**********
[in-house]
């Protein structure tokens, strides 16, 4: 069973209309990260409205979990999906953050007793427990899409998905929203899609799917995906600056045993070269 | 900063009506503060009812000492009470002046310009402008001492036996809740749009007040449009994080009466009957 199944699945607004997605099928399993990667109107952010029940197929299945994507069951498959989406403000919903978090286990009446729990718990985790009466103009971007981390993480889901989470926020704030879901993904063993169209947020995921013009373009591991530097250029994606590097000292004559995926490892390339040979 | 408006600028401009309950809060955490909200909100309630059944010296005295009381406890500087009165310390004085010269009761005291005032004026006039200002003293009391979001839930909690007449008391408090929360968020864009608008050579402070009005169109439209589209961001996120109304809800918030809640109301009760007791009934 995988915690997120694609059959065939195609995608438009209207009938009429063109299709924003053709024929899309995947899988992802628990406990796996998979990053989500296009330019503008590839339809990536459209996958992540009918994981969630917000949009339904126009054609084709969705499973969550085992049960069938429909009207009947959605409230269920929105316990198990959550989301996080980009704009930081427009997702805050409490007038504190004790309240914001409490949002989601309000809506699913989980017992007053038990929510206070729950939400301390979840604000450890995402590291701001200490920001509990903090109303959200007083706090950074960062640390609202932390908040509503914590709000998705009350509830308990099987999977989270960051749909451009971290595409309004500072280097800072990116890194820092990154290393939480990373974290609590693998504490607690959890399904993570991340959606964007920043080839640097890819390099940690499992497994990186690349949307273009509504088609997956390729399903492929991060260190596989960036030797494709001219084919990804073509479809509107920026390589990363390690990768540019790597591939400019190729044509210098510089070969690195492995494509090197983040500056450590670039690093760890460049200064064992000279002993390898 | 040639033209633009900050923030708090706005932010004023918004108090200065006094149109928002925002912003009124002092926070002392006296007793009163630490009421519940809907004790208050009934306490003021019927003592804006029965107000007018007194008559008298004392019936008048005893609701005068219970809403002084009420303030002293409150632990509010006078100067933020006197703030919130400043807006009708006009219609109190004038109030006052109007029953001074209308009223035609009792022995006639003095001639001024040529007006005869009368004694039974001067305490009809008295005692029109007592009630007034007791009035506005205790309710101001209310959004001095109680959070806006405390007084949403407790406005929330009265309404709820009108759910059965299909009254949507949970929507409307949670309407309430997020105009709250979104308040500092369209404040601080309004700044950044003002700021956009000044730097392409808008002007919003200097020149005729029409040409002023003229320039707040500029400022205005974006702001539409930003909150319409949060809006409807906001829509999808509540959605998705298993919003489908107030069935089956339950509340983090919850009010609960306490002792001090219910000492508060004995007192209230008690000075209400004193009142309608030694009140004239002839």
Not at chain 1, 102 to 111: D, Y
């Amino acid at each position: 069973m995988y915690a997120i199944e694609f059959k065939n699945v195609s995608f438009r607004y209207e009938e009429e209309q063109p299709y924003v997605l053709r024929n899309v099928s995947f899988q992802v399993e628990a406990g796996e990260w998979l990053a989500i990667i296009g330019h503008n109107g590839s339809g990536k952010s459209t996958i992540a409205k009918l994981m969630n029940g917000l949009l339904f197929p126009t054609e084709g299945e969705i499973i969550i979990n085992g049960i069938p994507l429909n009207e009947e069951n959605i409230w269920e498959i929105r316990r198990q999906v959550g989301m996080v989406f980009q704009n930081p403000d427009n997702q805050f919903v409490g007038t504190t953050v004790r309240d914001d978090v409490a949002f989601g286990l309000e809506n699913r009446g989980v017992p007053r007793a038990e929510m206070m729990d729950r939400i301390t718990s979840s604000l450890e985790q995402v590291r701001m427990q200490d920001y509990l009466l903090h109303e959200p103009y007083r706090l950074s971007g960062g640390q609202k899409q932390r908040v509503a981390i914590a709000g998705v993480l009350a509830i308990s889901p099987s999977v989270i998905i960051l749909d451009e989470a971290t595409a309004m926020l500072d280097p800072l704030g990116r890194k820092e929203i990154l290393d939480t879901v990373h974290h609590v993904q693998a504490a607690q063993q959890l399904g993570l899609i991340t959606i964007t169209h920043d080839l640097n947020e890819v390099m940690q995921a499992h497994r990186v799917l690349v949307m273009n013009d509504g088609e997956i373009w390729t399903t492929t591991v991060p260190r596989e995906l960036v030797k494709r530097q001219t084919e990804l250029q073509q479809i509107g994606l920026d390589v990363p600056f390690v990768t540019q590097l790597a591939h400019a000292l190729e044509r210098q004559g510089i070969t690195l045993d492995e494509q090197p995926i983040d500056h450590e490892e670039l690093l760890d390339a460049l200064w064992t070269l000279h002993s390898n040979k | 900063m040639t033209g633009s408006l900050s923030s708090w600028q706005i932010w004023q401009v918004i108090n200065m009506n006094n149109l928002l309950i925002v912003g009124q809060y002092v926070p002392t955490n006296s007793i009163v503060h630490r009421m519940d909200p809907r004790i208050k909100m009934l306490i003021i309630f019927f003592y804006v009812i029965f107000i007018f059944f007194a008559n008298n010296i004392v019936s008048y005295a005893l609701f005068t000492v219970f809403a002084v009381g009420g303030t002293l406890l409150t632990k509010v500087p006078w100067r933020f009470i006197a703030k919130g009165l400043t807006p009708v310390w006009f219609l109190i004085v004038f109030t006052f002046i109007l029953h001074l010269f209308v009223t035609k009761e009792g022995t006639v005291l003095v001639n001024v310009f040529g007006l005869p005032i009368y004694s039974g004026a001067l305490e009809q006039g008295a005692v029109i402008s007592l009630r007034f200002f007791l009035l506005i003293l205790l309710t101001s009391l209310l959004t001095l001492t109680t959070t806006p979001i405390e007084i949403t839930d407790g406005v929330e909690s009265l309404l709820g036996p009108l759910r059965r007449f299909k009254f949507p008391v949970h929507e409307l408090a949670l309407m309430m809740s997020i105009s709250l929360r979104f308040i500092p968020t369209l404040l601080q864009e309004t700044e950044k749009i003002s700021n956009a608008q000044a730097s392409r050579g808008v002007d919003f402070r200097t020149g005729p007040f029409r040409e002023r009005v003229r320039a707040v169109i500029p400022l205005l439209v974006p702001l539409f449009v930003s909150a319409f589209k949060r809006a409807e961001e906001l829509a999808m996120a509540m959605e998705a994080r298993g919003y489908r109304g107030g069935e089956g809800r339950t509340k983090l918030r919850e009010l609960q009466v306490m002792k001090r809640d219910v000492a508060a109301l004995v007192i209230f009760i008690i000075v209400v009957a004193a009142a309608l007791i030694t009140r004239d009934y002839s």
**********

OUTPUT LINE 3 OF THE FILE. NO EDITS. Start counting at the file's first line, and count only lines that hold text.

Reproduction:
Not at chain 1, 102 to 111: D, Y